Wendigo
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Basic Information

The wendigo1 is an anthropophagous monster of the American Arctic, said to be born from the transformation of a human that has indulged in cannibalism. The monster was said to be gaunt, even skeletal and to have a general diseased and filthy air about it - as much like a recently disinterred corpse as a living thing, although others portray it as part human part animal instead and in some accounts it has nothing but blackened stubs for feet (whether due to fire or frostbite is left unspecified) and flies through the night on the icy wind. In some Amerindian legends the wendigo is a giant, or grows in size with every person it eats, meaning that its hunger is never satisfied. Sometimes the creature delights in stalking its victim, lurking just out of site and disturbing their rest until they are driven mad, in others it simply pounces and feeds.

Occasionally the Wendigo was thought of as a spirit that possessed people rather than a physical monster - this could be combined with the traditional version if we assume that the spirit possessed a body and re-shaped it for its convenience. This form of possession could be brought on not only by cannibalism, but by any act of avarice, greed or miserliness. This may also be due to what is known as Wendigo Syndrome - allegedly a culturally bound mental disorder, similar to clinical lycanthropy in which the sufferer believes that they have been possessed by (or transformed into) a wendigo.

These creatures and the Tamanous may be the result - or the cause - of the significant Amerindian taboos against cannibalism.

Sources

Bibliography
1. full source reference

Game and Story Use

  • May just be a different race of ghouls.
  • Perhaps the gaslighting of a victim to drive them mad is the first step in the possession process - the spirit maddens its victim to break down their resistance before taking over their body and transforming it.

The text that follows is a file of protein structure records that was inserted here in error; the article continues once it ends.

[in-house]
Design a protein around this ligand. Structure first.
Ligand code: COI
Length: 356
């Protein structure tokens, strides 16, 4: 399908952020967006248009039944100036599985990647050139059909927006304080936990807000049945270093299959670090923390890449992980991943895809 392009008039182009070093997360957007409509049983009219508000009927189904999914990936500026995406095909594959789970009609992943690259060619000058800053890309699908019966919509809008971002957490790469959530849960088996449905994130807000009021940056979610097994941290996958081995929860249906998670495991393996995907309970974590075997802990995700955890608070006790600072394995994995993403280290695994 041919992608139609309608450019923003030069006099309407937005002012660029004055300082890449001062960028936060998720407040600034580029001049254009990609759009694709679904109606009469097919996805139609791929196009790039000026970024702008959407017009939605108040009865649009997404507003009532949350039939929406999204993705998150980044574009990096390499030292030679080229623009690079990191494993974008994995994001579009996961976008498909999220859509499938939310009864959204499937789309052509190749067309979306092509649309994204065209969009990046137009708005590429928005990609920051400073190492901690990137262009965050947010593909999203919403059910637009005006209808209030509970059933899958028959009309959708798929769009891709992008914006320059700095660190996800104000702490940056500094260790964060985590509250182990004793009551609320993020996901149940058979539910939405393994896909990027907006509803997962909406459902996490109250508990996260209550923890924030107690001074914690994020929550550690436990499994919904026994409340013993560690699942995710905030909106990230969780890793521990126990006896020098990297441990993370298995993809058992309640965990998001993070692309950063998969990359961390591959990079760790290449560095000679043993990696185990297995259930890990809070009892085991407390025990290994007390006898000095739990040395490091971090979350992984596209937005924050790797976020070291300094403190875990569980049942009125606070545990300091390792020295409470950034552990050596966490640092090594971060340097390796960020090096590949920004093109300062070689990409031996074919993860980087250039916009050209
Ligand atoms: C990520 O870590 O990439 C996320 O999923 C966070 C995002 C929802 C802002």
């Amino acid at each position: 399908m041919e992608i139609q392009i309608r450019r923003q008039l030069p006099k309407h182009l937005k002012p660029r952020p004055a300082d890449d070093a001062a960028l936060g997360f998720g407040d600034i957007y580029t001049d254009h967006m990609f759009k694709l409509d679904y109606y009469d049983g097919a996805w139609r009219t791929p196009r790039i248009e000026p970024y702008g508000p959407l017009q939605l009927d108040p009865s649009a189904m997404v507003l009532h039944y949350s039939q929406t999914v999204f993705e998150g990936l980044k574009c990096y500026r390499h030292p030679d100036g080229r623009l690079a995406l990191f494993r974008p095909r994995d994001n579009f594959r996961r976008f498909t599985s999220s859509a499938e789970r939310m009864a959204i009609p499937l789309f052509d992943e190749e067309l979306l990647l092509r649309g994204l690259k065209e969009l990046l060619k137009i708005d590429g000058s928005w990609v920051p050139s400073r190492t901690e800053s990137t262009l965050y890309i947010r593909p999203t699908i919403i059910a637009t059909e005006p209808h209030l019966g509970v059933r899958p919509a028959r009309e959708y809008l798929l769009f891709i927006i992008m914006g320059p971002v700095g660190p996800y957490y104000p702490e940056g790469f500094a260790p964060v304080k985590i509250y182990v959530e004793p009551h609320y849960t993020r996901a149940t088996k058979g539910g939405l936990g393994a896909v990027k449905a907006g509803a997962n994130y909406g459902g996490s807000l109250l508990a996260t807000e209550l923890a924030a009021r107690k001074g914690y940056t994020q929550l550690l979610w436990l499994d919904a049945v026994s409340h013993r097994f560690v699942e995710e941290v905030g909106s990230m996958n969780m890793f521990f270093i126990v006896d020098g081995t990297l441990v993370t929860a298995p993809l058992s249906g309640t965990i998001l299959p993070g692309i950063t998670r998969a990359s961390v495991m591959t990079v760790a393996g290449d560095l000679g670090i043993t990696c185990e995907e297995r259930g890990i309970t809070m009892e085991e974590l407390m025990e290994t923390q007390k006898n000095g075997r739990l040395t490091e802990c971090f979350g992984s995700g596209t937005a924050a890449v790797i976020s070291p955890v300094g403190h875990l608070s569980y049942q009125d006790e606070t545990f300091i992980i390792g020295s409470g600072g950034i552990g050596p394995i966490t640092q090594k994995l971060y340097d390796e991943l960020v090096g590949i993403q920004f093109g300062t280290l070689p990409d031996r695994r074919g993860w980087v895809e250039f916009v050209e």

• If you can avoid the whole magical native american quagmire (or subvert it) this would be a useful and amusing surprise for detective characters in the American North. What appears to be a fairly standard cannibal serial killer turns out to be (or perhaps into) a creature from native myth … and good luck getting your superiors to take that seriously.
    • Stopping the creature before it transforms its host might be an interesting goal - legends suggest that it was possible for a native traditional healer/medicine man/shaman to cure a possessed person, but that it wasn't at all easy. Killing the posssessed was said to work.
    • A GM could spin in plenty of ambiguity right up to the end - the suspect is said to have returned "traumatised" from a trip to the deep wilderness which went wrong. Are they suffering from some form of PTSD? Perhaps someone suggests it's actually Wendigo Syndrome and thinks that anti-psychotic drugs will help. Obviously, if they're mad, magical healing will probably be unhelpful (at best), but if they're possessed, therapy will waste precious time. Good luck figuring out which is which and then persuading the medical authorities of the truth.
    • Finding a shaman who isn't a fraud could be a sub-adventure, especially if most of the ones they can find are new-age quacks or tired old ceremonialists with no talent or genuine faith.
      • Failing shamen, some sources suggest that the wendigo could be cured, especially in the early stages, by forcing it to drink large quantities of dangerously hot melted fat. This could amount to the same basic thing as killing the possessed person, but was said to melt their frozen heart prevent the transformation … evidently if the patient died, it was because the wendigo had too strong a grip on them. Other forms of heat therapy might work - perhaps even something as simple as removing the possessed person into a hot climate with plenty of daylight that would be offensive to the possessing spirit.
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